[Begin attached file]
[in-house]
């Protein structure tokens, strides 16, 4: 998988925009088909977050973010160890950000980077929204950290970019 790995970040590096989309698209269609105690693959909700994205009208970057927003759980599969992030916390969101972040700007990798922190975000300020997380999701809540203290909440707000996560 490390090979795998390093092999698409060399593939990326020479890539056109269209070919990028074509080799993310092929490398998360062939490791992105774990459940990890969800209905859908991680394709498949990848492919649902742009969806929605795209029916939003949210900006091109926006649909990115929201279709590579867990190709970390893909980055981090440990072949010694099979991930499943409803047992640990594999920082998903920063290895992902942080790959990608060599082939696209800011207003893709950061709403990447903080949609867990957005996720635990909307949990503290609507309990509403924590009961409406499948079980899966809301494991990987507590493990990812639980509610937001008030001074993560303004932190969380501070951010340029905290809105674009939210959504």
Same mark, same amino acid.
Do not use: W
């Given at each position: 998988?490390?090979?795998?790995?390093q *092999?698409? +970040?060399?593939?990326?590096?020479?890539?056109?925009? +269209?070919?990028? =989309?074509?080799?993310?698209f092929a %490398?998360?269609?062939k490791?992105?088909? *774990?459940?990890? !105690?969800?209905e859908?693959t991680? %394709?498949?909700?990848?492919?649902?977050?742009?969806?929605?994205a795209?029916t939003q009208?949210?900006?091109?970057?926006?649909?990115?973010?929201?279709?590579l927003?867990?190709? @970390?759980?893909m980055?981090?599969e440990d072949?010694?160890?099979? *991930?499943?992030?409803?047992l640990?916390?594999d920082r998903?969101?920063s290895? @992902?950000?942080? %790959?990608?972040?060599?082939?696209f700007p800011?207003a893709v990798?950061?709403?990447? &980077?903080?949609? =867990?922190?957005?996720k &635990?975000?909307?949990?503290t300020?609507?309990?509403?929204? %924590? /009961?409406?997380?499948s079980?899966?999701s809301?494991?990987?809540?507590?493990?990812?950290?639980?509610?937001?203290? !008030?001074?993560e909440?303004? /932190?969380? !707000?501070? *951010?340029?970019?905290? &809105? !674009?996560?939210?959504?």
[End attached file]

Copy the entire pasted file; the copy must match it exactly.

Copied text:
[in-house]
């Protein structure tokens, strides 16, 4: 998988925009088909977050973010160890950000980077929204950290970019 790995970040590096989309698209269609105690693959909700994205009208970057927003759980599969992030916390969101972040700007990798922190975000300020997380999701809540203290909440707000996560 490390090979795998390093092999698409060399593939990326020479890539056109269209070919990028074509080799993310092929490398998360062939490791992105774990459940990890969800209905859908991680394709498949990848492919649902742009969806929605795209029916939003949210900006091109926006649909990115929201279709590579867990190709970390893909980055981090440990072949010694099979991930499943409803047992640990594999920082998903920063290895992902942080790959990608060599082939696209800011207003893709950061709403990447903080949609867990957005996720635990909307949990503290609507309990509403924590009961409406499948079980899966809301494991990987507590493990990812639980509610937001008030001074993560303004932190969380501070951010340029905290809105674009939210959504």
Same mark, same amino acid.
Do not use: W
């Given at each position: 998988?490390?090979?795998?790995?390093q *092999?698409? +970040?060399?593939?990326?590096?020479?890539?056109?925009? +269209?070919?990028? =989309?074509?080799?993310?698209f092929a %490398?998360?269609?062939k490791?992105?088909? *774990?459940?990890? !105690?969800?209905e859908?693959t991680? %394709?498949?909700?990848?492919?649902?977050?742009?969806?929605?994205a795209?029916t939003q009208?949210?900006?091109?970057?926006?649909?990115?973010?929201?279709?590579l927003?867990?190709? @970390?759980?893909m980055?981090?599969e440990d072949?010694?160890?099979? *991930?499943?992030?409803?047992l640990?916390?594999d920082r998903?969101?920063s290895? @992902?950000?942080? %790959?990608?972040?060599?082939?696209f700007p800011?207003a893709v990798?950061?709403?990447? &980077?903080?949609? =867990?922190?957005?996720k &635990?975000?909307?949990?503290t300020?609507?309990?509403?929204? %924590? /009961?409406?997380?499948s079980?899966?999701s809301?494991?990987?809540?507590?493990?990812?950290?639980?509610?937001?203290? !008030?001074?993560e909440?303004? /932190?969380? !707000?501070? *951010?340029?970019?905290? &809105? !674009?996560?939210?959504?």